Should there be a comma anywhere in the following sentence?

Thank you Annie for making us proud.

  • 1
    It's arguable whether the vocative ('Annie') is a parenthesis - some might even quibble with the use of the label 'vocative' here. Whatever it is, the sentence is clear enough without commas (and brackets or dashes would only be used in unusual circumstances, say to suddenly focus attention on Annie in a group, or to communicate a pregnant pause) - though adding commas signifies minor pauses in the spoken statement. Commented Mar 26, 2013 at 16:17
  • Why so many downvotes on this one?
    – Tortoise
    Commented Jul 14, 2013 at 0:43

2 Answers 2


Commas and the Vocative Case

When addressing someone directly, writers should separate the name being used (e.g., John, Mary, my darling, you little rascal, my son) from rest of the sentence using a comma or commas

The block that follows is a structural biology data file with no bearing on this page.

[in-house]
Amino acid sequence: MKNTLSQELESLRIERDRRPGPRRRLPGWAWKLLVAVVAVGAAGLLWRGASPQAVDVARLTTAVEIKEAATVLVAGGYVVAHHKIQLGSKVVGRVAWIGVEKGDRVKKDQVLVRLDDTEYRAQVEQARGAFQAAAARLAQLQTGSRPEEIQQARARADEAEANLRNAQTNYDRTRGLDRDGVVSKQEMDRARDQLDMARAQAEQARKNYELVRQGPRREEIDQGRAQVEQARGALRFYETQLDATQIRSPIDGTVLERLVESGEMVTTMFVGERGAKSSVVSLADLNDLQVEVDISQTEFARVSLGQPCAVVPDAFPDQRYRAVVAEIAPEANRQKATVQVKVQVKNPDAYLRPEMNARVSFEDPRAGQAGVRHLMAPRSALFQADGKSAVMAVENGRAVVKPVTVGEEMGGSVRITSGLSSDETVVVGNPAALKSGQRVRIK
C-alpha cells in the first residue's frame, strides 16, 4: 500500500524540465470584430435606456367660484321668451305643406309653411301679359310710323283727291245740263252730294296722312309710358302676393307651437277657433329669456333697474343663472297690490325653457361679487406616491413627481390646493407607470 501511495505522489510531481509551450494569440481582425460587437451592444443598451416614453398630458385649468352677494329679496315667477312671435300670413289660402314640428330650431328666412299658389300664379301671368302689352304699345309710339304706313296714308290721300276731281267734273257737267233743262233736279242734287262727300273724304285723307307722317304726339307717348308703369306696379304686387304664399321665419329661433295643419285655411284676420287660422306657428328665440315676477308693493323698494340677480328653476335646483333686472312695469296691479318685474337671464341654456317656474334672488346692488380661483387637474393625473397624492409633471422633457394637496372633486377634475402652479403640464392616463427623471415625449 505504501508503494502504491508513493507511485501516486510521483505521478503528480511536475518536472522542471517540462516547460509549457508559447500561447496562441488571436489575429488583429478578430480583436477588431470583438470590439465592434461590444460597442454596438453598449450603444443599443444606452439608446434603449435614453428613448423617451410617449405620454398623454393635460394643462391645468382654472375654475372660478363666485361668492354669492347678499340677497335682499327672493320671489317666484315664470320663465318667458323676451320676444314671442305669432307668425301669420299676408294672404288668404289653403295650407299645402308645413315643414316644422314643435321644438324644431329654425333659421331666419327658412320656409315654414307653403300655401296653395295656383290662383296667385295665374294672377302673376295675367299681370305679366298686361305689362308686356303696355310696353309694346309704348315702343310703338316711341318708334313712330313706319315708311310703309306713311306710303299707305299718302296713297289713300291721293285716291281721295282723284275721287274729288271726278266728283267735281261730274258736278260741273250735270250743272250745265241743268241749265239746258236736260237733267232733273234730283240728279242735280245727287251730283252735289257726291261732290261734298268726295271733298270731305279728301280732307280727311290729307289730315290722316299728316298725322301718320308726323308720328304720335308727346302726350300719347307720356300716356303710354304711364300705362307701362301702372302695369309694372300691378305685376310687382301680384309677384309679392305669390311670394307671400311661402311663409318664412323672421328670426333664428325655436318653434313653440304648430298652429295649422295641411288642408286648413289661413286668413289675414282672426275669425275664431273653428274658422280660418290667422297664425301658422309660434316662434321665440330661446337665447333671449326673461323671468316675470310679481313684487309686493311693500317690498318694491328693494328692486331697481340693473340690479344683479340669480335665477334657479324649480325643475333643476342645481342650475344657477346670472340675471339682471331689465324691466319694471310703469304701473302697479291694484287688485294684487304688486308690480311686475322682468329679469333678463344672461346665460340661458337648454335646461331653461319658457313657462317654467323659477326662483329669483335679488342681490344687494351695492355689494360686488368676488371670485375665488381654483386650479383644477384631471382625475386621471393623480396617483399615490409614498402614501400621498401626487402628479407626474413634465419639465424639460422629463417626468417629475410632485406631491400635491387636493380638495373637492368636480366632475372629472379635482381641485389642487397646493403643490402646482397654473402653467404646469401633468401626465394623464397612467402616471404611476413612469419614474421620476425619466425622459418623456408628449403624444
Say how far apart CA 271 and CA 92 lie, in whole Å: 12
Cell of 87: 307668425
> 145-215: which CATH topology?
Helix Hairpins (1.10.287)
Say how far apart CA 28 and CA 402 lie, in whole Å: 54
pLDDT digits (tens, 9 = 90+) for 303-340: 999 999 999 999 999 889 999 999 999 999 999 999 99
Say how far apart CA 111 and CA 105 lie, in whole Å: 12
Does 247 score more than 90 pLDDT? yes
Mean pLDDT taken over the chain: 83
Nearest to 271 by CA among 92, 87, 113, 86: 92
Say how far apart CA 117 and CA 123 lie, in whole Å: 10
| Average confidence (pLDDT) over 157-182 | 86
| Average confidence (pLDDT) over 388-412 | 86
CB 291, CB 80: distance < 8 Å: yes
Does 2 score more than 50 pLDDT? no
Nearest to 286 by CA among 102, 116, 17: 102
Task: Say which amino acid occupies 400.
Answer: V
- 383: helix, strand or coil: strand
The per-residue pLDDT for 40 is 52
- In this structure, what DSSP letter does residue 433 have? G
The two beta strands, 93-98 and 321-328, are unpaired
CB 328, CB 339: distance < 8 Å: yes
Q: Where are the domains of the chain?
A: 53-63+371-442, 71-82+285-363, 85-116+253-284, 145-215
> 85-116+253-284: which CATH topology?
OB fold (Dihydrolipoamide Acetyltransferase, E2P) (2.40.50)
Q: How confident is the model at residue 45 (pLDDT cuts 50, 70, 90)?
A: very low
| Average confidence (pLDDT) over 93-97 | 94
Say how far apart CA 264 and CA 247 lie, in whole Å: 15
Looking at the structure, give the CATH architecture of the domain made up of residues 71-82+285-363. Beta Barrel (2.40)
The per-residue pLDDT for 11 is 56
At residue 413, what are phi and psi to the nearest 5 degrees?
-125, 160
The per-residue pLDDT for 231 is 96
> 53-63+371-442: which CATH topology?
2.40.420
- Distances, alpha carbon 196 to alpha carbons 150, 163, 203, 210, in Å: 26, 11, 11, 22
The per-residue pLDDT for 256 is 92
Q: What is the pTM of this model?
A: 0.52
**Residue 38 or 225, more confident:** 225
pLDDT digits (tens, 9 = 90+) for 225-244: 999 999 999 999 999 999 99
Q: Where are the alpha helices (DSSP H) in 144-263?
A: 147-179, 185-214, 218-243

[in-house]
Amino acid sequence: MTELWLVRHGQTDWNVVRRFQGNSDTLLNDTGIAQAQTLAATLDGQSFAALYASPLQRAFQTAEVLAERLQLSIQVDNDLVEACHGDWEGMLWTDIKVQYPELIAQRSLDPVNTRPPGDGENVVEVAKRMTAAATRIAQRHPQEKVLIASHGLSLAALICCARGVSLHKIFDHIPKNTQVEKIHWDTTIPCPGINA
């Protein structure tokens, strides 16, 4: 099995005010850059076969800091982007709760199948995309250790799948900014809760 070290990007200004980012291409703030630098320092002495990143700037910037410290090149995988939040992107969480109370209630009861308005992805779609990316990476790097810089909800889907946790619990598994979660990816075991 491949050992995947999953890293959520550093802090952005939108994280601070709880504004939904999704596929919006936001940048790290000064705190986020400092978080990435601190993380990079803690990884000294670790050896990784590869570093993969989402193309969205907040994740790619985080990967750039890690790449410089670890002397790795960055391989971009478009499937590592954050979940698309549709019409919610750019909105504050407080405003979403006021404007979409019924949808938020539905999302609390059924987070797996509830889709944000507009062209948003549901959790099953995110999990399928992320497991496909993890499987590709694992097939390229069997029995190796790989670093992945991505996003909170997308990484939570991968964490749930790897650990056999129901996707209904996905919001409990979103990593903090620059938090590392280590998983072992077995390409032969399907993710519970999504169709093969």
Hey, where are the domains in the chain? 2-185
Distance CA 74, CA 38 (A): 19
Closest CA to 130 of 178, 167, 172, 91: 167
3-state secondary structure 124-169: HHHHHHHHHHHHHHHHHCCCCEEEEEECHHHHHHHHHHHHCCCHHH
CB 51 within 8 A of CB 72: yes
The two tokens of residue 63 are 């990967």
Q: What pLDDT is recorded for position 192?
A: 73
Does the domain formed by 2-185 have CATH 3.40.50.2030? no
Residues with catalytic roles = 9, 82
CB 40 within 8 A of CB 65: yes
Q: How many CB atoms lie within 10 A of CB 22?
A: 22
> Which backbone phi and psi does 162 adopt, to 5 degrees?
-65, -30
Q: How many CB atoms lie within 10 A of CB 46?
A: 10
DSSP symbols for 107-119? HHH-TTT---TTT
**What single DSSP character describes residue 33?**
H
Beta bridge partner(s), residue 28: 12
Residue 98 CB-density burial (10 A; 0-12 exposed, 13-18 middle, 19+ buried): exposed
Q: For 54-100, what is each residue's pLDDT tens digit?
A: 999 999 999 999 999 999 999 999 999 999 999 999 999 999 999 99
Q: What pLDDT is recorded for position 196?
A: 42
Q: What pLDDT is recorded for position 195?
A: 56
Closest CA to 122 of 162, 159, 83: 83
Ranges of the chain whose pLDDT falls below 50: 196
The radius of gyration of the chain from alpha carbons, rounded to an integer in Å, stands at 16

• I am afraid, Radu Miron, that you have not quite shown how you think it should be written.
    – tchrist
    Commented Mar 26, 2013 at 19:59
  • @tchrist Haha. That's true. But I couldn't have put it better myself. And a single LINK HERE would have seemed just lazy. Commented Mar 26, 2013 at 20:03
  • You haven’t said whether you use one comma or two.
    – tchrist
    Commented Mar 26, 2013 at 20:05
  • 1
    @tchrist I thought writer should separate the name being used from rest of the sentence means that it should be separated with one comma if it's the first/last word in the sentence and two commas if it's anywhere else. I don't think it's a choice to make. Commented Mar 26, 2013 at 20:15

Yes, since it reads best with a pause after Annie - Thank you Annie, for making us proud.

http://owl.english.purdue.edu/owl/resource/607/02/ - item 7.

It could also be considered a rhetorical device, along the lines of the sentential adverb - http://www.virtualsalt.com/rhetoric.htm

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